Let’s catch up on the stories of the day.
The pound fell to a record low against the dollar on Monday (September 26th), sparking speculation of an emergency response from the Bank of England.
Fears that high interest rates could hurt growth also sent Asian stocks down to two-year lows, with stocks such as Australian miners and automakers in Japan and Korea hit hard.
The pound plunged nearly 5% at one point to break through 1985 lows and hit US$1.0327. The moves were exacerbated by weaker liquidity in the Asian session, but even after stumbling to US$1.05, the currency is still down around 7% in just two sessions.
Against the Singapore dollar, the pound fell 2.7% in early trading to hit 1.5111 Singapore dollars at 11:30 a.m. Monday.
The collapse of the pound came as markets around the world were swept up in fears of recession caused by a sharp tightening of monetary policy by central banks battling high inflation for decades.
Analysts at Japanese bank Nomura have predicted further difficulties for the pound and expect it to reach parity with the dollar by the end of November and then continue to decline.
Malaysia’s central bank has announced a series of additional security measures and features to curb the growing number of financial scams.
Measures include requiring banks to migrate one-time passwords via SMS to “more secure forms of authentication” for online activities and transactions, and a cooling-off period for first-time sign-ups to online banking.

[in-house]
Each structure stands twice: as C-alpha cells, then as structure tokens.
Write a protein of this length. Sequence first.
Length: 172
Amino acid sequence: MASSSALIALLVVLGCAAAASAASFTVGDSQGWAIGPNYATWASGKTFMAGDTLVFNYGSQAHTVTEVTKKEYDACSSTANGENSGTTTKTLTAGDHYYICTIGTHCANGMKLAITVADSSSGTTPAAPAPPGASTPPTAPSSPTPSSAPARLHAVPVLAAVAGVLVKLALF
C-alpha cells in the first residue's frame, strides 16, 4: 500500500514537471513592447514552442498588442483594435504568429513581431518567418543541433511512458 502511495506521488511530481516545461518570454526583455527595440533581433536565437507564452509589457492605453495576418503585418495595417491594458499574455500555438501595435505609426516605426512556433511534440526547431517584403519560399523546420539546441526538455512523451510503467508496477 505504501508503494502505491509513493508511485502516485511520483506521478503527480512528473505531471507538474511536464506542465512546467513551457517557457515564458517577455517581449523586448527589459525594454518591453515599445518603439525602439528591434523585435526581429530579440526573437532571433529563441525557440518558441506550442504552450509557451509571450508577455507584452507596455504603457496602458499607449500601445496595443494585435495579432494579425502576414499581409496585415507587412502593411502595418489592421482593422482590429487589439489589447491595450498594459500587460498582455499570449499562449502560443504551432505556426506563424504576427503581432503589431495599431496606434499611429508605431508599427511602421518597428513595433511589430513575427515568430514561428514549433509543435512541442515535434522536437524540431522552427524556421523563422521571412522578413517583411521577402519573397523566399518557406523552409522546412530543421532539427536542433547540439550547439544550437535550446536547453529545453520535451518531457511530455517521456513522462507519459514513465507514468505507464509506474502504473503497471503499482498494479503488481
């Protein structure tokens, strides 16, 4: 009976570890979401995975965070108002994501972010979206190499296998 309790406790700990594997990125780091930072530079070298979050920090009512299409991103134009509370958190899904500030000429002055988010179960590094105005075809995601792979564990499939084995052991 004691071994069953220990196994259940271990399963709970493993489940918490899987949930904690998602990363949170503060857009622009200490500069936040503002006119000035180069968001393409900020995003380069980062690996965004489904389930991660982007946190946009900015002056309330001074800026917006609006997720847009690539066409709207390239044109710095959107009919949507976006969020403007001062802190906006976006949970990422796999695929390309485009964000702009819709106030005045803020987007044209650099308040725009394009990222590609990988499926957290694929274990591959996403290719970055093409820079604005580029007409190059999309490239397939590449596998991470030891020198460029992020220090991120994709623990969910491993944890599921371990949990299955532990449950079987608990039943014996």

Bank Negara Malaysia (BNM) Governor Nor Shamsiah Mohd acknowledged that the new measures would inevitably cause friction or inconvenience for customers, but stressed that they were necessary.
In 2019, a total of 13,703 scam cases were reported, with losses of RM539 million (US$117 million), and in 2020, this increased to 17,227 cases with losses of 511, 2 million RM.
Hong Kong is bracing for a surge in travel, with travel agencies reporting a 10-fold increase in demand.
The mandatory COVID-19 hotel quarantine for international arrivals was lifted on Monday for the first time in more than two and a half years. These arrivals could return home or seek accommodation of their choice, but had to self-monitor for three days upon entry.
Hong Kong’s Travel Industry Council expects outbound travel to increase by 50% in the coming months.
International aviation body IATA said the next step would be for Hong Kong to remove all COVID-19 measures.